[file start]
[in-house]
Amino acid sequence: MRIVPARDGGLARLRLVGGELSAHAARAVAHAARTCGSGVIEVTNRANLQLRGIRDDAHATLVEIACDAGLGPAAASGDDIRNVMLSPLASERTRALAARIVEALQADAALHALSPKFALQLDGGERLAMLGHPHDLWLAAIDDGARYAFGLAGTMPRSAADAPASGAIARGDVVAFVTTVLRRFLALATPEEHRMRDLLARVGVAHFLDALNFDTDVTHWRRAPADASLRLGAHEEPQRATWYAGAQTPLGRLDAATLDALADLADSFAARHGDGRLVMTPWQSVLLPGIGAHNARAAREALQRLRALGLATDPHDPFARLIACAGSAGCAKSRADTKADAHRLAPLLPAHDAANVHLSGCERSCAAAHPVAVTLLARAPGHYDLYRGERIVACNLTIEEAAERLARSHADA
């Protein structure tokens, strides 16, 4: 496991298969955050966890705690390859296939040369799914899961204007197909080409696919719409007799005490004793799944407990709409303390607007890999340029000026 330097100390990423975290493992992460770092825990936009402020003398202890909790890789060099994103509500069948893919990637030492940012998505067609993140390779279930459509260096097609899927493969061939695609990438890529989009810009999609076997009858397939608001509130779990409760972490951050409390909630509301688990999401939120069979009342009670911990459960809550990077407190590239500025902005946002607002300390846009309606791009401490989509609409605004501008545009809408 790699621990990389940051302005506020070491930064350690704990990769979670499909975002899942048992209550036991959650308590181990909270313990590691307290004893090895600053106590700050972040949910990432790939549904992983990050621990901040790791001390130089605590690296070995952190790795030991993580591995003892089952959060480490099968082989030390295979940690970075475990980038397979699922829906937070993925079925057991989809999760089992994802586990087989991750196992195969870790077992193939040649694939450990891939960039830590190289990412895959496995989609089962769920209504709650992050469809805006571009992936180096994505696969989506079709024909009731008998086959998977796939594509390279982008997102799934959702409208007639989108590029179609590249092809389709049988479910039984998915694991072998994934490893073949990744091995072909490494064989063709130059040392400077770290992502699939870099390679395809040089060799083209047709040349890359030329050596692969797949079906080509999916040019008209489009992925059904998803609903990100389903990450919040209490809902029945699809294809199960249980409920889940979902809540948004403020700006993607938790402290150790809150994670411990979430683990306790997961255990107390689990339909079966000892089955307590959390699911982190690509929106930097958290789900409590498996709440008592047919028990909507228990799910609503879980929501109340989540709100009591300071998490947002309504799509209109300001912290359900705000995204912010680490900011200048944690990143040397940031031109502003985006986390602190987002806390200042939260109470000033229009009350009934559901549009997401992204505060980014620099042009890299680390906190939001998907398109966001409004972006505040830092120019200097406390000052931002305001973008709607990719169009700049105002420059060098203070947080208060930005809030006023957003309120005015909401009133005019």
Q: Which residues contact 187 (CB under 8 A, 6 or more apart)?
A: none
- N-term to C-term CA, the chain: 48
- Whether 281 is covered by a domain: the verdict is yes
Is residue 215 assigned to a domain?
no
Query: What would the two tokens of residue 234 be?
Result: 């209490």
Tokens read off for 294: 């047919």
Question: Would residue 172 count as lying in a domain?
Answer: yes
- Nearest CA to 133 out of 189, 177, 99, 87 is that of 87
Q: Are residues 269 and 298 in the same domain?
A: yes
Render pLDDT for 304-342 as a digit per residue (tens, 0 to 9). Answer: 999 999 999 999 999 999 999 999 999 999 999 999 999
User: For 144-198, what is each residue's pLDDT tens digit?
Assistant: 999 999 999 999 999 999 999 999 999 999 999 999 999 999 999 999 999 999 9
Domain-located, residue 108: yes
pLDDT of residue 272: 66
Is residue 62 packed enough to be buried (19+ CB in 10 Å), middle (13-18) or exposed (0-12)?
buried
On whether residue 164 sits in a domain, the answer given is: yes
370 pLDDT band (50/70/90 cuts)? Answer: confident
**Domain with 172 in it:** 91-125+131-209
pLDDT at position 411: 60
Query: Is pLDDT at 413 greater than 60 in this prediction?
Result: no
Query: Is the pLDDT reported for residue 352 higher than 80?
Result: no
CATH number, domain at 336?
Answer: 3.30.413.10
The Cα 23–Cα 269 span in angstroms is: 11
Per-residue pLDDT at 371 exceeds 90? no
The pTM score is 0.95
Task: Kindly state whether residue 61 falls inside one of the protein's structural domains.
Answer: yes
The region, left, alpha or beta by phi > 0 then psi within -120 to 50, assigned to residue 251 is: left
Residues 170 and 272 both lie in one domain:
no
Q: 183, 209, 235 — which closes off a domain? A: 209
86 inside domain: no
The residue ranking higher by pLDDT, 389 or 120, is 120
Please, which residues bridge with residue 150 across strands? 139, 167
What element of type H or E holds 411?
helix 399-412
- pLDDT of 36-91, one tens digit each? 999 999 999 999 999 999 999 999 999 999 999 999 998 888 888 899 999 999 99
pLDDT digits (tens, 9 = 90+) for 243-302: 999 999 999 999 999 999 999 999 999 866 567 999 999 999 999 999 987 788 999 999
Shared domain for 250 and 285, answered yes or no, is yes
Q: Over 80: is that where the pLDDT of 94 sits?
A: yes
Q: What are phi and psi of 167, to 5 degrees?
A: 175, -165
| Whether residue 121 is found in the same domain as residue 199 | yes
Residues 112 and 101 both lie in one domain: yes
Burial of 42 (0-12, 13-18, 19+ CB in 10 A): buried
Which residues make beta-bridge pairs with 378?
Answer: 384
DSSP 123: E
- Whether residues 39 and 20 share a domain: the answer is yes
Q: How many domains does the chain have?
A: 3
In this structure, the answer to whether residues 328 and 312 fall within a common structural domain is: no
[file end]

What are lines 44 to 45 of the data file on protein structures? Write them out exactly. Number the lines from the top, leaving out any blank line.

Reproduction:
86 inside domain: no
The residue ranking higher by pLDDT, 389 or 120, is 120